Understanding Breakthrough Pain

Understanding Breakthrough Pain

If you’re living with pain, then you know that achieving relief can be a long process. Sometimes – just when you and your health care provider believe you’ve succeeded in finding the right treatment to control your pain – you may experience a phenomenon called breakthrough pain. Breakthrough pain comes on rapidly, lasts from three to 30 minutes and can occur at any time.1

These flare-ups are especially problematic because they “break through” the medication you are taking or treatments you are undergoing to ease or stop your pain. Researchers estimate that more than 80% of people taking long-acting medication for chronic pain experience breakthrough pain. 2

There are three different types of breakthrough pain:

•Incident pain – which occurs with or following physical activity, •End-of-dose failure – which occurs in the time before you are supposed to take your next dose of medication •Spontaneous breakthrough pain – which occurs without predictable cause or frequency3 Keep track of the timing and possible causes of your breakthrough pain to help you and your provider pinpoint which type you are experiencing.

Treating Breakthrough Pain

Breakthrough pain is different than persistent (or chronic) pain and requires different treatment.4 While persistent pain is often treated using a combination of long-lasting medications, breakthrough pain is treated with medications that take effect quickly and last only as long as your typical breakthrough pain episode.5 Medication for breakthrough pain can be taken in a number of ways including by injection; sublingually, which means the medication dissolves under your tongue; rectally; or transmucosally, which means the medication is absorbed in your mouth through your cheek.

While short-acting opioid pain medicines taken by mouth are sometimes prescribed for breakthrough pain, they may not be the best choice because they can take 30 to 60 minutes to be absorbed by the central nervous system and “kick in.” 6 Medications designed for persistent pain, such as sustained release or long-acting opioids, take longer to begin working but provide pain relief for hours. Unfortunately, increasing the dose of such medications will not relieve breakthrough pain because they are designed to enter the bloodstream at a steady and controlled rate. In addition, increasing the dose of these types of medications can be dangerous and may lead to more side effects, such as constipation, sedation, or confusion.7 You should never increase or adjust your dosage of any medications without first speaking to your health care provider.

Steps to Take

If you haven’t already, schedule an appointment with your health care provider to talk about your breakthrough pain and find out more about treatment options. Remember that everyone experiences pain differently and responds to medication differently. You may have to try a variety of medications and ways to take the medication before you find a treatment that brings relief.

Be sure to track when breakthrough episodes occur by keeping a journal of your experiences, including when you hurt least and when you hurt most, what medications or activities help control your pain, and what treatments work best. Also note what activities or situations seem to activate your breakthrough episodes. Access an online Personal Pain Journal, from the National Pain Foundation, where you can record your day-to-day experiences with pain and pain management. Keeping a journal will help you remember valuable information you need to share with your health care provider to effectively manage your condition.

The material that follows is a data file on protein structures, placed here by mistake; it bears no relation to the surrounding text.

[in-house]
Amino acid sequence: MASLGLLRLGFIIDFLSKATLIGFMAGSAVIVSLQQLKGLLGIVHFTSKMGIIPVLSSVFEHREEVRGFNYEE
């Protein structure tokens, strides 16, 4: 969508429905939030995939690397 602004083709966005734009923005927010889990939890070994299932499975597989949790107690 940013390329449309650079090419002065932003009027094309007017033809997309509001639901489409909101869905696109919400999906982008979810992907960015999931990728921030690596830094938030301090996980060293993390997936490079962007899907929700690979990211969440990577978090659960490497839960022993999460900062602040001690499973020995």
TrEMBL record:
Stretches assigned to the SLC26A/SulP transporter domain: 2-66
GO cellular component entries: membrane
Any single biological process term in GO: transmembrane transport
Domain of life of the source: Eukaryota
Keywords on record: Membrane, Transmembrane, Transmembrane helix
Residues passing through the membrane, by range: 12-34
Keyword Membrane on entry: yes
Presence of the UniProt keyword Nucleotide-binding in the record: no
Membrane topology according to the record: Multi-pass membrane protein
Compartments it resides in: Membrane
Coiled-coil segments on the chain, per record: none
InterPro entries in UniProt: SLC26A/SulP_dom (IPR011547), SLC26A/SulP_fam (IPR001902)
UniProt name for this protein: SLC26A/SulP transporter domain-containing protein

You might also consider alternative or complementary treatments for your pain. Massage, Reiki, acupuncture, yoga and relaxation therapies such as biofeedback, hypnosis and imagery may help you cope with breakthrough episodes. The National Pain Foundation offers several articles regarding alternative and complementary treatments.

Lastly, don’t be afraid to be honest with your friends, family members and health care providers about your pain. Without understanding and treatment, breakthrough pain can interfere with your daily activities, disrupt your sense of well-being, and even make it more difficult to treat your persistent pain.8-11

Resources 1.RK Portenoy, N A Hagen, “Breathrough pain: Definition, prevalence and characteristics,” Pain 41 (June 1990) 273-281 2.PG Fine, M A Busch, “Characterization of breakthrough pain by hospice pateints and their caregivers,” Journal of Pain and Symtpom Management 16 (September 1998) 179-183 3.Management of Cancer Pain, Clinical Practice Guideline, Number 9 (washington, DC: US Department of Health and Human Serivces, AHCPR Publication No. 94-0592, March 1994). 4.Ibid. 5.RK Portenoy, N A Hagen, “Breakthrough cancer pain: Definition and manifestations,” Primary Care & Cancer (April 1991) 27-33. 6.Ibid. 7.M A Simmonds, “Management of breakthrough pain due to cancer,” Oncology 13 (August 1999) 1103-1108, review: 1110-1114. 8.C S Cleeland et al, “Pain and its treatment in outpatients with metastatic cancer,” New England Journal of Medicine 330 (March 3, 1994) 592-596. 9.N Coyle et al, “Character of terminal illness in the advanced cancer patient: Pain and other symptoms during the last four weeks of life,” Journal of Pain and Symptom Management 5 (April 1990) 83-93. 10.E Bruera et al, “A prospective multicenter assessment of Edmonton staging system of cancer pain,” Journal of Pain and Symptom Management 10 (July 1995) 348-355. 11.S Mercadante et al, “Pain characteristics of advanced lung cancer patients referred to a palliative care service,” Pain 59 (October 1994) 141-145.



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